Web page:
As obvious as it may sound, some of history’s greatest songs are about personal experiences, with artists drawing on real-life events and traumas to spark their creativity. Whether you’ve been through hard times or great times, you can use your life experiences to great affect. Put those feelings into a song you can be proud of.


Keeping your track as simple as possible at first is an excellent way to accelerate the songwriting process and work out the structure of your song. Many complex songs from 5 or 6-piece bands started life as a few chords strummed on an acoustic guitar. Once you have the basis of the song in its simplest form, you can go about adding drums, strings, brass or any other additional elements afterwards. Don’t make things harder for yourself by over complicating your track right from the beginning.


Writing a song from scratch can sometimes be frustrating and mentally tiring work, especially if the ideas aren’t flowing as easily as you’d like. Often a 15-minute break away from your instrument or lyrics pad can help get the creativity flowing and stop your mind from becoming too clouded to see the ideas and inspiration you’re searching for. Whether it's written in two hours or two months, the final product is all that's important, no matter how long it takes.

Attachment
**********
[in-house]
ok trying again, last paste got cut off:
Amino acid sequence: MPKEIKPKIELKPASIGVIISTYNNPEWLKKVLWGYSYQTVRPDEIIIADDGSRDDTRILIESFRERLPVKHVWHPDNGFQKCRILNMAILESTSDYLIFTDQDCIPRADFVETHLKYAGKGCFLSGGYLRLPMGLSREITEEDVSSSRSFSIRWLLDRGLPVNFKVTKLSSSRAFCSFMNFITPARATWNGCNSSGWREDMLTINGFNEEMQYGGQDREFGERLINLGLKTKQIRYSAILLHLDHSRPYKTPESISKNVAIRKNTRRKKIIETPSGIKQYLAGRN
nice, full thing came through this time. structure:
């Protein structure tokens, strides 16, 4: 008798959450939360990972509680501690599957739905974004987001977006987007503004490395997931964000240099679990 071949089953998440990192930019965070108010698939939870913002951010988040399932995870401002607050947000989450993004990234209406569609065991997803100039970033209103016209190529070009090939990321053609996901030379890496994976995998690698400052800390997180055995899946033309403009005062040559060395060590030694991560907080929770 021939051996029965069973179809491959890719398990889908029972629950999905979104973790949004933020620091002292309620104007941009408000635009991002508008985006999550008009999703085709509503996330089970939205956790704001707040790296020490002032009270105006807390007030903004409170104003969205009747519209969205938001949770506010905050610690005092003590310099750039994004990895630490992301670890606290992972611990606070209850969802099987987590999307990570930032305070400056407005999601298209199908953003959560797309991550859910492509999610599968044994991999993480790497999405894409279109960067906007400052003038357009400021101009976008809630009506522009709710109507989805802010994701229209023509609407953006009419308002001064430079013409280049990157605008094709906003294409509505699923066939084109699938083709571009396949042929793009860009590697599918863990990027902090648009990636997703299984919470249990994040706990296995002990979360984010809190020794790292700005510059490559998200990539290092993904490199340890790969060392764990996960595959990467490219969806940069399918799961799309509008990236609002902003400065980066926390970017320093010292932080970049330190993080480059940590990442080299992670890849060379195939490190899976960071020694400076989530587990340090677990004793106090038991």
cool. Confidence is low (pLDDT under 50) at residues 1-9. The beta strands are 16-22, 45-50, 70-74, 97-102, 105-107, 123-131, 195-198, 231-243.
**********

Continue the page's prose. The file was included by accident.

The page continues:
Musicians and songwriters are often our own worst critics. If you judge your own songs too harshly you’ll never get anything done, so it’s important to keep an open mind, and while it’s great to take your time and carefully consider each facet of a new song, it’s often easier to get things done when you let the songwriting process flow, stop worrying and just get on with it. Overthinking can be your worst enemy. Get the basis of your song down, and you can always go back and change things afterwards.